Following suit with the surge of meth production and use in China, methamphetamines have gained a large presence in North Korean culture. It has become a large supplier for the substance and has even had alleged government ties to its production.
According to a report by Harvard University researcher Dr. Sheena Chestnut Greitens titled “Illicit: North Korea’s Evolving Operations to Earn Hard Currency,” the North Korean government has previously used drug manufacturing and other criminal enterprises to collect money since the 1970s. Dr. Greitens substantiates these claims with an instance in 1976 in which a dozen North Korean diplomats were arrested for smuggling illegal substances. In the same year, the North Korean government defaulted on its international loans.
After the USSR collapsed, North Korea lost financers from the communist community. Soon after, policies were enacted that resulted in a nationwide famine, leading to the deaths of 1 million North Koreans. The Kim regime forced farmers to cultivate poppy plants and would demand harvests as big as 60 kilograms. One defector in Dr. Greitens’ report said, “We should’ve been growing grain, not poppies.” The defector claimed that farmers were instructed by the central government to grow poppies so they could “sell the product for ten times as much to buy grain.”
This famine ended over two decades later and poppy cultivation transitioned into meth production. Dr. Greitens writes, “Officials from North Korea’s various security agencies were reportedly involved in guarding the plants and factories … Experts were brought in to advise in production.” Within these factories, trained chemists would be employed to manufacture the drug.
North Korean heroin and methamphetamine were then trafficked by Yakuza and Triad gangs across Japan, China and the U.S. “The gangs would pick up packages of drugs dropped at sea … Drugs were also transported by train (and other methods) across North Korea’s northern border into China.” Along with illicit drugs, North Korean officials were also intercepted smuggling other prized goods such as ivory and rhino horns. Dr. Greitens notes that these incidents marked attempts from North Korean embassies around the world to adhere in “self financing” policies. These are policies imposed on North Korean diplomats “by which embassies are expected to finance their own operations, and contribute money back to the regime in Pyongyang.”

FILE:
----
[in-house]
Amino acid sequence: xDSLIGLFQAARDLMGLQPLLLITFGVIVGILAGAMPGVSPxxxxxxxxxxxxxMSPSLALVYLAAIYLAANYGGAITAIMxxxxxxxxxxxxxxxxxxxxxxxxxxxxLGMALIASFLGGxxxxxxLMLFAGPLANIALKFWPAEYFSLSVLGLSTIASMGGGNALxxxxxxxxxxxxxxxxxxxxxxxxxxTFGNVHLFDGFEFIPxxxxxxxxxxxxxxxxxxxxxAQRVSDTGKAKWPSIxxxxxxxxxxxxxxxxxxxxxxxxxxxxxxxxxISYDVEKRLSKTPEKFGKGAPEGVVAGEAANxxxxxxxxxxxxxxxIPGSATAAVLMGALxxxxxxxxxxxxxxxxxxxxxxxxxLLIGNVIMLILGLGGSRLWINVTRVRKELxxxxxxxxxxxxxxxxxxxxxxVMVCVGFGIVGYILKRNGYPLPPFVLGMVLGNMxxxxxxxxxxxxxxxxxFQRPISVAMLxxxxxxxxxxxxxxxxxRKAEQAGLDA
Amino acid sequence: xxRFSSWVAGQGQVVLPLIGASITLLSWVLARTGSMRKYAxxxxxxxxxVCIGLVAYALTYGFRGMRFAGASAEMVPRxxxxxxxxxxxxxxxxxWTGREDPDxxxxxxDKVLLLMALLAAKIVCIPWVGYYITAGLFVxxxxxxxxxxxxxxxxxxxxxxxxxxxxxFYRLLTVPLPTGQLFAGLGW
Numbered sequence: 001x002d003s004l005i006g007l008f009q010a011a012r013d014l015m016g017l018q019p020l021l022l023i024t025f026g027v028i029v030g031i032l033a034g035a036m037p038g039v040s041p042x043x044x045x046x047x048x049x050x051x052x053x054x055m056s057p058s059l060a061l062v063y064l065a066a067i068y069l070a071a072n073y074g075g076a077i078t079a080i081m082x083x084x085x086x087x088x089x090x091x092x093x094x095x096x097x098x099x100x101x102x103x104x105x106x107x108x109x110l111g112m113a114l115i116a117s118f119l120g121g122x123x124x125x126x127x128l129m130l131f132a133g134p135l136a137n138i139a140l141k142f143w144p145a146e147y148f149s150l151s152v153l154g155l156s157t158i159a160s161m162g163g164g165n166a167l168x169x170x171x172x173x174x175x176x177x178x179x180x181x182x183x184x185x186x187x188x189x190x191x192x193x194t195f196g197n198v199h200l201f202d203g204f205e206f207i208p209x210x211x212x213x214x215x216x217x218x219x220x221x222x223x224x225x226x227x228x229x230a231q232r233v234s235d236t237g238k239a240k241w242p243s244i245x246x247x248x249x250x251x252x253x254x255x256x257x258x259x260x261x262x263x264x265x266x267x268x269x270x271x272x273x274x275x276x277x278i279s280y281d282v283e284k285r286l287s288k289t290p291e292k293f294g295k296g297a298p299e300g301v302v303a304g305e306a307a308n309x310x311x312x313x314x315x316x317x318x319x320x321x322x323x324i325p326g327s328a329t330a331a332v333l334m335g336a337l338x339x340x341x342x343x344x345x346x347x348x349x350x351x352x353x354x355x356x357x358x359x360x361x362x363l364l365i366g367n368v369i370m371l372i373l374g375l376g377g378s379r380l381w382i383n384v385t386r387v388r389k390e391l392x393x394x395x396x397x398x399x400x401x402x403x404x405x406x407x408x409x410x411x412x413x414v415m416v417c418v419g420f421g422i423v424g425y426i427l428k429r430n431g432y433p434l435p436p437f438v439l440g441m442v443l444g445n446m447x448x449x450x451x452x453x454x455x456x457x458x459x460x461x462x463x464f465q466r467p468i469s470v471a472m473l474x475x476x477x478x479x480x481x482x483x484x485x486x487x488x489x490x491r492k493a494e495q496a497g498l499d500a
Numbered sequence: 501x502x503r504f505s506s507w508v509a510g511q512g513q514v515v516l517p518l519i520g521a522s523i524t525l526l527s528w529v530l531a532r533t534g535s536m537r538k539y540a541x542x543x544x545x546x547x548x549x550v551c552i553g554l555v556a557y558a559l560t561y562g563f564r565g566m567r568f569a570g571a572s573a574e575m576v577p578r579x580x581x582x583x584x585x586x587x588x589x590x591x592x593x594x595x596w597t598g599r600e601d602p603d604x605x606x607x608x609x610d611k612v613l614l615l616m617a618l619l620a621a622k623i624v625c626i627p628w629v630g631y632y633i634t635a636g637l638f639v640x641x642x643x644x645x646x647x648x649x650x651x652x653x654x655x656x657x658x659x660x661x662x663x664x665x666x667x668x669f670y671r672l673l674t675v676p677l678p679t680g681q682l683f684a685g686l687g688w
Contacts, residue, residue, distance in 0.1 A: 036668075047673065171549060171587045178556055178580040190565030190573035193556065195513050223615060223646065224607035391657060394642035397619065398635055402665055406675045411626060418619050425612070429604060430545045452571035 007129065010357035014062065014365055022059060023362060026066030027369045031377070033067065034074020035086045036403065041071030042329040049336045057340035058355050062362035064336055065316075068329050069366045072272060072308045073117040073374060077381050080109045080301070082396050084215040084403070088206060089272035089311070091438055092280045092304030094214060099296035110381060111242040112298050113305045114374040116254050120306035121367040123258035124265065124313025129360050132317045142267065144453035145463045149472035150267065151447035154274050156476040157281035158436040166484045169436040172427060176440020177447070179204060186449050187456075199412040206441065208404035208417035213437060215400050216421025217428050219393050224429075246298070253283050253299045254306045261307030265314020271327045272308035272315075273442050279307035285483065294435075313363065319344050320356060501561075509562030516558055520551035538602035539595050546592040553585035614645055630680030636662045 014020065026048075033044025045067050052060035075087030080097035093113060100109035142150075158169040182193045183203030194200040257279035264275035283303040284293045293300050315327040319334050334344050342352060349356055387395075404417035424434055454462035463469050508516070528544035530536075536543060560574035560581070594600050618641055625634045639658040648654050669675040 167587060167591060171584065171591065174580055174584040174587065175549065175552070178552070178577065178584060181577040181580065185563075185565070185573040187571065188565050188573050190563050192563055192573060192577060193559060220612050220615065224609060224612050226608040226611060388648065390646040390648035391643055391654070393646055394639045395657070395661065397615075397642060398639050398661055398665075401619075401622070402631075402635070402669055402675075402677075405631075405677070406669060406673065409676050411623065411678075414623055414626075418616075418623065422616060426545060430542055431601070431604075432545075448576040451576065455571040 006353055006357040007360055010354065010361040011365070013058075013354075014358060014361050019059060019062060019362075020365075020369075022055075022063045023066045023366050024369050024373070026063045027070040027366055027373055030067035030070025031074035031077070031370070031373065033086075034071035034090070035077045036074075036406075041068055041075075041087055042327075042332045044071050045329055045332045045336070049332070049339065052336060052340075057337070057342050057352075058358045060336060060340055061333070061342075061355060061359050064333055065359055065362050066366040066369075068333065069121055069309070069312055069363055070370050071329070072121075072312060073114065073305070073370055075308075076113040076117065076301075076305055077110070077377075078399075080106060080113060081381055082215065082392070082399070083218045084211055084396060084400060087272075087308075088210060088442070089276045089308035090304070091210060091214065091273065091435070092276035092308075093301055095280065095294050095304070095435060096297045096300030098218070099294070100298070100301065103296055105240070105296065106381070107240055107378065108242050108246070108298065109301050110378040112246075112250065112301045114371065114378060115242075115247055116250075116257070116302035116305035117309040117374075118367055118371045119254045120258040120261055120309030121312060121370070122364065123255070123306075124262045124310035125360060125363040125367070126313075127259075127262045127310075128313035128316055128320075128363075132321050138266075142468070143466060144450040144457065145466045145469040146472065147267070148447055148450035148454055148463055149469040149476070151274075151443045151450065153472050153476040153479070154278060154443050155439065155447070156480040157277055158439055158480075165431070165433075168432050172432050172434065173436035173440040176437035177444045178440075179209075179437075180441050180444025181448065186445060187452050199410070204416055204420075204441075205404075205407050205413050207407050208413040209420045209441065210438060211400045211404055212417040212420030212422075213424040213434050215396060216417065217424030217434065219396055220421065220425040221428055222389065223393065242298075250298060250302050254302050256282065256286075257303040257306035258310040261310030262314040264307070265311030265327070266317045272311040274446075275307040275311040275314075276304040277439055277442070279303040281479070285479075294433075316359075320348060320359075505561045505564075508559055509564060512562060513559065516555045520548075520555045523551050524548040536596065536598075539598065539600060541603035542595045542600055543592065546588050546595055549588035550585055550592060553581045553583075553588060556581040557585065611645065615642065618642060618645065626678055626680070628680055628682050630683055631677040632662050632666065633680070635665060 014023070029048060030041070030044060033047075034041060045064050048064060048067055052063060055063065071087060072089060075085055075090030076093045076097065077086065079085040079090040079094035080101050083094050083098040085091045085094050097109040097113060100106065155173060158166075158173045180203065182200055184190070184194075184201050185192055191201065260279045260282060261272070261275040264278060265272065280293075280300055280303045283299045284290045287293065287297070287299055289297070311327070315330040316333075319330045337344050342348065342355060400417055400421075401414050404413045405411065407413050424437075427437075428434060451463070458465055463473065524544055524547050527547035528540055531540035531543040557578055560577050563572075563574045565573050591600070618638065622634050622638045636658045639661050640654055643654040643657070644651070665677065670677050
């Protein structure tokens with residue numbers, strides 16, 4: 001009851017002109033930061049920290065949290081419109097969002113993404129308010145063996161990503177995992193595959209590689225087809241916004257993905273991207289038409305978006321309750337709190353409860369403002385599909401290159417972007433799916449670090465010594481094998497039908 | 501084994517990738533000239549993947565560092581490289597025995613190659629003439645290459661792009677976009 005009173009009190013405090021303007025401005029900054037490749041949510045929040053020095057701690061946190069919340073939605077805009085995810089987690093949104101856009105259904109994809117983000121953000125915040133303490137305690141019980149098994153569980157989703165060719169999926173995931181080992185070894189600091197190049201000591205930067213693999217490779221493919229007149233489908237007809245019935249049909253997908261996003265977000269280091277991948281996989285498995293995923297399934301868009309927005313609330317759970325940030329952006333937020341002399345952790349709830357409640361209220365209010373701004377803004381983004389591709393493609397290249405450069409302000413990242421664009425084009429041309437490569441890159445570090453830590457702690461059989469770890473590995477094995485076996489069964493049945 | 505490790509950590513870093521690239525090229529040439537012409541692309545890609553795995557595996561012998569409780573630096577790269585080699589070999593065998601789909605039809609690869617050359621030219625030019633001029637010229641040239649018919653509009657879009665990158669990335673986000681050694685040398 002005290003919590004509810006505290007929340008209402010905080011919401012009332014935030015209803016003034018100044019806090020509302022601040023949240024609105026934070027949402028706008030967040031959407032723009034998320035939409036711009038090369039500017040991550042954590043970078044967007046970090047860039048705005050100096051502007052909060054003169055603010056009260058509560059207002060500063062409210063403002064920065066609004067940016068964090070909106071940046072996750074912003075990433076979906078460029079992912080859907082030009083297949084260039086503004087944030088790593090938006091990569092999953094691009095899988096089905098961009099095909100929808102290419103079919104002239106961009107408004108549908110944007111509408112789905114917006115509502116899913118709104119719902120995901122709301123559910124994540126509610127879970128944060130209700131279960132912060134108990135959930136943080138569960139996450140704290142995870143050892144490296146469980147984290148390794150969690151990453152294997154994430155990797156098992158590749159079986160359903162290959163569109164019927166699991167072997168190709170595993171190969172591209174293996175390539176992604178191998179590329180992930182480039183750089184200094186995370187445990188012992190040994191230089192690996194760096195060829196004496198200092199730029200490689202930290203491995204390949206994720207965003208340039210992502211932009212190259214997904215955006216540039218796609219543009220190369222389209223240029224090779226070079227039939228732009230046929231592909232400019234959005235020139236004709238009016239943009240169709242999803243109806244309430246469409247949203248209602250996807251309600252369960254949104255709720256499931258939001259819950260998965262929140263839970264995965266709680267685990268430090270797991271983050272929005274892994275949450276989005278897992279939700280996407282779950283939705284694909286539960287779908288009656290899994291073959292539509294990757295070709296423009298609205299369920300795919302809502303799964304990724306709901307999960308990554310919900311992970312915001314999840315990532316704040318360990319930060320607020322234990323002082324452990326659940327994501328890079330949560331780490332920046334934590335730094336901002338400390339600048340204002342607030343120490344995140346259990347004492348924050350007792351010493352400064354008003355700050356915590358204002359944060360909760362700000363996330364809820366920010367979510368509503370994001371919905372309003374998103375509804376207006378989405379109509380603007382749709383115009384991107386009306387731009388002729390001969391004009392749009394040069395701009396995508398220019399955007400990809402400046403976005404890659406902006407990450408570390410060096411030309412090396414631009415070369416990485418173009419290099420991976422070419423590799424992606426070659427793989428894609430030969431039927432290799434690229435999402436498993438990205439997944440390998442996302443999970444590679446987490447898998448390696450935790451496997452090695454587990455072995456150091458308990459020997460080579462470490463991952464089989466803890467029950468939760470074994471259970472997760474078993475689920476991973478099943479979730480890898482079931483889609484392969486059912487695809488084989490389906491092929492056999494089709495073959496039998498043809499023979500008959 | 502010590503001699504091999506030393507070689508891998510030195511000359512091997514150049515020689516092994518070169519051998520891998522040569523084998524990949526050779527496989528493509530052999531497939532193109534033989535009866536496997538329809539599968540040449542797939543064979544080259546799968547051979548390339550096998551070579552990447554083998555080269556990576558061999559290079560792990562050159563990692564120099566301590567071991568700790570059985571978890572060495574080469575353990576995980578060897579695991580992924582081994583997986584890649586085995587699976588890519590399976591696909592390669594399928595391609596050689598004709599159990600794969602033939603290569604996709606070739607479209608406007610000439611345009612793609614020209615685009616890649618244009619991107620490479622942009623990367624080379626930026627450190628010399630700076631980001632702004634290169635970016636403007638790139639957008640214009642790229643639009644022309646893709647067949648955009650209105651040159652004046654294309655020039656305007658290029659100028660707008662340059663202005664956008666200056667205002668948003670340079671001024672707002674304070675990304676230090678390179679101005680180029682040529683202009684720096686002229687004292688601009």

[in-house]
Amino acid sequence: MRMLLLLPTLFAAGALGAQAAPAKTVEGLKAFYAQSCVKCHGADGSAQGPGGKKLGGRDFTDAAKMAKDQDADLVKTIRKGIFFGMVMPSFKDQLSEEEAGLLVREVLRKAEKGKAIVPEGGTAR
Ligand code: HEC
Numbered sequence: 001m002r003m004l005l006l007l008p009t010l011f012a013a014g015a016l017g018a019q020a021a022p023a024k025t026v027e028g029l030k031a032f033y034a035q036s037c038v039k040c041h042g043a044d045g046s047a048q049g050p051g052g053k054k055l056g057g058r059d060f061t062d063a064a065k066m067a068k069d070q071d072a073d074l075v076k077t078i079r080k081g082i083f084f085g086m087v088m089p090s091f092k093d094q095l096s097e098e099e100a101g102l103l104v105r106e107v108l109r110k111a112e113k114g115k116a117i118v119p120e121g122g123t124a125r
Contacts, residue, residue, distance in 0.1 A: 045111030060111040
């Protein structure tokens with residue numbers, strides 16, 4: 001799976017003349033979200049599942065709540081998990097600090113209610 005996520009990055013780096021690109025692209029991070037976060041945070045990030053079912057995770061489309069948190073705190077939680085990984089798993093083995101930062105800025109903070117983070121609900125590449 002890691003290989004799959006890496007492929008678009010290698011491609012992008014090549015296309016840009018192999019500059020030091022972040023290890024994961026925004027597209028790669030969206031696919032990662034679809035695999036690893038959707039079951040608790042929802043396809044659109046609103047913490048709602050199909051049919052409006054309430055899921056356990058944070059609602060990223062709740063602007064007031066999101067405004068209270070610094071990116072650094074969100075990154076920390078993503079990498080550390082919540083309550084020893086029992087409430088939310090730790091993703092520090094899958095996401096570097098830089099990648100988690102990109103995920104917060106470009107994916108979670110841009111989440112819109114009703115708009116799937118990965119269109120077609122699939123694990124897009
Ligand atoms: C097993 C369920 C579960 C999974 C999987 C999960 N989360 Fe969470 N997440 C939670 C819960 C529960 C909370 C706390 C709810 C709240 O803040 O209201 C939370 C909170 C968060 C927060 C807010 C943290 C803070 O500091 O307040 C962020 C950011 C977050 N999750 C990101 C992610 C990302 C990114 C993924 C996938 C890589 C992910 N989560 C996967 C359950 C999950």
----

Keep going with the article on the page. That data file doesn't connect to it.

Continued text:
After 2005, the regime had burned all of their meth manufacturing labs to show the American government that they were not selling the drug anymore, but instead, transferred operations over to another base, according to Dr. Greitens. The closure of these labs left many meth cooks unemployed and many of them continued to operate in “a hybrid space between public and private.” These are areas of the black market in which political elites will receive a share the cooks’ profits from clandestine lab operations.
The domestic use of crystal meth has shot up over the years in North Korea and has gained an unusually casual role among citizens and has little stigma attached to it. Some will ingest meth to treat colds, boost energy levels or help with working late hours. Some North Koreans have even said that is offered as casually as a cup of tea. North Korean Lee Saera said in an interview with the Los Angeles Times, “If you go to somebody’s house it is a polite way to greet somebody by offering them a sniff … It is like drinking coffee when you’re sleepy, but ice is so much better.”
The regime has denied exporting meth, but recent figures could imply otherwise. Recent figures suggest that North Korea still plays a large role in the distribution of narcotics, according to reports by Chinese authorities. The country is believed to be a large source of synthetic drugs in China. A report by the Brookings Institution notes “Across China, more than 70 percent of drug addicts abuse heroin, but in Jilin Province [on the North Korean border] more than 90 percent of addicts abuse new synthetic drugs and ice in particular.” These incidences have led to a tightening of border patrols, hindering North Korea’s meth trade.
North Korea’s role in the narcotic trade is one that originated out of economic desperation and attempts at self financing. The aftermath of such policies have led many citizens to become addicted to these very substances and leaves numerous areas of the country facing a major surge in meth use.
Meth addiction is large epidemic in today’s drug culture and leaves people across the world in need of treatment. Sovereign Health Group is among the leading drug addiction treatment providers in the United States. We offer a wide range of treatment programs across the nation for patients who are struggling with addiction, mental health disorders and dual diagnosis. If you or a loved one struggling with substance dependency, please do not hesitate to call. You may reach us at 888-530-4614.
Written by Benjamin Creekmore, Sovereign Health Group writer